Thunderbird, Firefox, and Transitional Applications
These last few months have been extremely exciting for the talented developers at the Mozilla project. Their Firefox browser has re-ignited the browser wars and done what no one thought possible -- taken a substantial market share away from the security-problem-plagued Internet Explorer. Last week, various news outlets were reporting that Penn State University had joined a growing chorus of warnings, issuing a statement to staff and students, advising them to dump Internet Explorer and use alternate browsers such as Firefox. When I visited their site, I discovered that this is not the first time they have issued this warning. A few months ago, even US-CERT and the Department of Homeland Security suggested that users might want to use a different browser to deal with these security issues. Still, despite a seemingly endless parade of security issues, Microsoft's browser has managed to hold on to its position for an amazingly long time. Time, however, has a habit of chipping away at the sturdiest of empires. As I write this, over ten million copies of Firefox have already been downloaded since version 1.0 was released, just over a month ago. Meanwhile, version 1.0 of the Mozilla Thunderbird email package has just become available. It will certainly be fascinating to see how well it does in enticing people away from Microsoft's email package.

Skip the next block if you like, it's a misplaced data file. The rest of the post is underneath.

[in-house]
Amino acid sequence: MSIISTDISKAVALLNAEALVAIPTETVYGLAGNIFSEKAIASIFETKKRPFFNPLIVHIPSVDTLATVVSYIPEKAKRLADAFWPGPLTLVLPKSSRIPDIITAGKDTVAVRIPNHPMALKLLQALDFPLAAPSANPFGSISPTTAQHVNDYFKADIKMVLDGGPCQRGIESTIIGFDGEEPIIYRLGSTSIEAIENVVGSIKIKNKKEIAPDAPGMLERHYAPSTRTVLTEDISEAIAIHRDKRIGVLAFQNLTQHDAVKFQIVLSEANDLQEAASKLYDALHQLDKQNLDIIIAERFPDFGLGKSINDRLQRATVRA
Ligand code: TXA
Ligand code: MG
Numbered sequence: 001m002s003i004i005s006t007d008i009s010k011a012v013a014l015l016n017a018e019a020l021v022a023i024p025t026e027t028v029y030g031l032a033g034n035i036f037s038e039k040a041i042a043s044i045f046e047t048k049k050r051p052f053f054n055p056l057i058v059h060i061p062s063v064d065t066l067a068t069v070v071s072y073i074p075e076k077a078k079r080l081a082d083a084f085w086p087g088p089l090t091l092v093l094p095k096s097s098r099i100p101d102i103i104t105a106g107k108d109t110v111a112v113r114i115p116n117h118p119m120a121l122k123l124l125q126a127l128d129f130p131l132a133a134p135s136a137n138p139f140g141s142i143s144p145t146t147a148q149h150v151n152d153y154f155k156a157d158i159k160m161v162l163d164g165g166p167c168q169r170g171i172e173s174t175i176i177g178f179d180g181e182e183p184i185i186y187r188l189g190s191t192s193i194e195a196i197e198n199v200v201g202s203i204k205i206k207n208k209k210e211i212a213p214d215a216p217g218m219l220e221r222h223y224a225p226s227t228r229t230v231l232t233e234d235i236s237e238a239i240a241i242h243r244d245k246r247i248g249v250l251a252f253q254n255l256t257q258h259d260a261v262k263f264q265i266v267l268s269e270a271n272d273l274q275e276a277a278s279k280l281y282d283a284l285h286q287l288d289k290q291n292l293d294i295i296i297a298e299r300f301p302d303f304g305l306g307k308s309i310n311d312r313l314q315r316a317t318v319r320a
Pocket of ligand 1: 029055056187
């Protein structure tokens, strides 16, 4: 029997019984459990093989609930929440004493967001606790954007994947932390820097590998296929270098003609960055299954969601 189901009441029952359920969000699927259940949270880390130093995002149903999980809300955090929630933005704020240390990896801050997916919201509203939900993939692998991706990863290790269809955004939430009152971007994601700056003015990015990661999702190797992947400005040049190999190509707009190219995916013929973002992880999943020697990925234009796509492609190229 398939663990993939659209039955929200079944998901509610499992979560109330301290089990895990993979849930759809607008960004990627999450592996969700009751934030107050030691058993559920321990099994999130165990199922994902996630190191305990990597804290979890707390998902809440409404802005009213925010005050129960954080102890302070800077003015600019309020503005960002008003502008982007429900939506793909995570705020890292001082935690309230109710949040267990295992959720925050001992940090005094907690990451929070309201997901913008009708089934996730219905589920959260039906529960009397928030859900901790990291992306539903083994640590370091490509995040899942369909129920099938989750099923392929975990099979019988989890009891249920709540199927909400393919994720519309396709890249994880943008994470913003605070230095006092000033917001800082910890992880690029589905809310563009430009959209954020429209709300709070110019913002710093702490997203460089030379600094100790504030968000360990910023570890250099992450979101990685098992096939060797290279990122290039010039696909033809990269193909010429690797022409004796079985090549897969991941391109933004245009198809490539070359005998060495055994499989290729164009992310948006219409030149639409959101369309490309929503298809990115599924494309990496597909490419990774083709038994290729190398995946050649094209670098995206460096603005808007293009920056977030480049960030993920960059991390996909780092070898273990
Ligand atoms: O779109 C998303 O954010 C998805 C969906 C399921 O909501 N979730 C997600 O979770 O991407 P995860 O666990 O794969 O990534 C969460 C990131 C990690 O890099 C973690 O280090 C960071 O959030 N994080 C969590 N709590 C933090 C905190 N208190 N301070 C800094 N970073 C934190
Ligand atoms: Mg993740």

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outlook keeps resetting my modem settings. it can't tell when i'm on line or offline. it often states i'm "working on-line' at the bottom of the screen when i'm offline. if it can't figure out something that simple, what else is it screwing up???
explorer , i understand, uses active x, a piece of spyware, and has a built in cookie, alexis, sending everything about your surfing habits back to the microsoft megalopolis.
i can't wait to rid myself of bill gates' hold.